Avoiding White Haze

By Matt Yonkey, Yonks Custom Rods, Midland, MI

I was reading through some of the Rod Maker Tips on your website, and had some information that other readers might find useful. One of the comments on the site was from a man having trouble with 2 part flex coat epoxy curing, and also a white hazyness.

A tacky finish is almost surely caused by not thoroughly mixing the two parts (Resin and Hardener), or inaccuractely measuring the two parts. It is crucial that a 1 to 1 ratio of hardener and resin be measured to achieve a proper curing.

Your guide wraps can be recoated with a fresh batch of epoxy and it will cure out the tacky coating. If you are concerned about getting a high build up then you will need to remove the tacky epoxy and then recoat.

The white hazyness the man is experiencing is called Polyamine Blush.The two parts, resin and hardener, parts A and B, contain molecules called 'amines'.

When mixing the resin and hardener the amines in the hardener are looking for an amine molecule of resin to bond with. A blush problem comes from not mixing the two parts as thoroughly as possible, epoxy curing in a cold temperature, and/or exposure to moisture in the air during cure. After the curing reaction has taken place there are amine molecules that do not bind and rise to the surface appearing as a greasy, waxy layer. On contact with high humidity or water, this coating turns into an opaque white smudge, which turns into dry chalky powder with time.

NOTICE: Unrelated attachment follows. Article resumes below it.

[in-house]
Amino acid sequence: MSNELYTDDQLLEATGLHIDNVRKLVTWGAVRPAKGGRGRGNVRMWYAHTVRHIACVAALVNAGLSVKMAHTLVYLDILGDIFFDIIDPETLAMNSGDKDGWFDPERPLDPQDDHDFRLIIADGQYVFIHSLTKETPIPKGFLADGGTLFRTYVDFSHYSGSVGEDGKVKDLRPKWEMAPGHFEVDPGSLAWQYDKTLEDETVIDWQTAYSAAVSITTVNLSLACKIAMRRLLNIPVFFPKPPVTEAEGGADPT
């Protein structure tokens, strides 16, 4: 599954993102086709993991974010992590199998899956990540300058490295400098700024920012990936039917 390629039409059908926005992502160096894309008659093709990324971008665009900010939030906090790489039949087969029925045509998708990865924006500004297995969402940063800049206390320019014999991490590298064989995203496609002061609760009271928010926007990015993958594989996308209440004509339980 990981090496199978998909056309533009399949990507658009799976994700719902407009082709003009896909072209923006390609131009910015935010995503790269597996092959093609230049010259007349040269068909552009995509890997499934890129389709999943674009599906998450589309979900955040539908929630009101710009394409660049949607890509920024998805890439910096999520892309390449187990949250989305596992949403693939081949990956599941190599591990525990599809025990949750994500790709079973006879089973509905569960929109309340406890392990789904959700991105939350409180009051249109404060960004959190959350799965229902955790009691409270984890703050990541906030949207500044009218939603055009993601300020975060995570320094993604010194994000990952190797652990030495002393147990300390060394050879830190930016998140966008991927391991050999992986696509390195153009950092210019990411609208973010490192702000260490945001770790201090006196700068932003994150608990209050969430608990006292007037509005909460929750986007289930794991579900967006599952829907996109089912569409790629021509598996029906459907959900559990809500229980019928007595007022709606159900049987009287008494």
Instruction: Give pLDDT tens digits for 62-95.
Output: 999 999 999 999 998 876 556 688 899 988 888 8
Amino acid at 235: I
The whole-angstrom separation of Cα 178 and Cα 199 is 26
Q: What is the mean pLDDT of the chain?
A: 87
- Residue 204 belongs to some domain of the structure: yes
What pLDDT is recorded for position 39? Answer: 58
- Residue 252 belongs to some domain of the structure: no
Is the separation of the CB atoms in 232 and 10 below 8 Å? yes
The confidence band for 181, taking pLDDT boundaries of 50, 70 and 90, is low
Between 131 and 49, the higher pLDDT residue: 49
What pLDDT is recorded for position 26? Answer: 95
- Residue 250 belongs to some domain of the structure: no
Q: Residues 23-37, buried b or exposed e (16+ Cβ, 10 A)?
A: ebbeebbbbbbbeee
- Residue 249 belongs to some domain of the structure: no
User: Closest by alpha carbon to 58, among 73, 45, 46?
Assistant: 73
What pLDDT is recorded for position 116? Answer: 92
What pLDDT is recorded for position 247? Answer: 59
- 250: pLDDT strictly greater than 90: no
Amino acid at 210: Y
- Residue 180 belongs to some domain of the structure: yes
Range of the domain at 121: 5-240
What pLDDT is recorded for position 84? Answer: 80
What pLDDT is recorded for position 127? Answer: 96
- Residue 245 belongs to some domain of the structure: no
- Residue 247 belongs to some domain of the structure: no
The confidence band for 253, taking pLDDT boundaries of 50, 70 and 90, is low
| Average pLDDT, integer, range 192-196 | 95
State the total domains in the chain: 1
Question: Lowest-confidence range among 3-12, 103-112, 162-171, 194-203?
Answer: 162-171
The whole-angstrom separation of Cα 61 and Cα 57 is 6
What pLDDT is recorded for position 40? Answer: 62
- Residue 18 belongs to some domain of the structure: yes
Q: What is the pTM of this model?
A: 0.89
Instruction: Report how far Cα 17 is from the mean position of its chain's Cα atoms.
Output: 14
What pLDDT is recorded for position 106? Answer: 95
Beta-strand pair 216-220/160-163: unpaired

You need to clean off this haze (by sanding with ~220 grit paper) before recoating to get a good bond between coats.

I recommend using syringes as the measuring devices for finish epoxy. This helps to accurately measure equal amounts of hardener and resin. ~ Matt Yonkey

Publishers note:
If you have any tips or techniques, send them along! Help out your fellow rodmakers! ~ Publisher, FAOL

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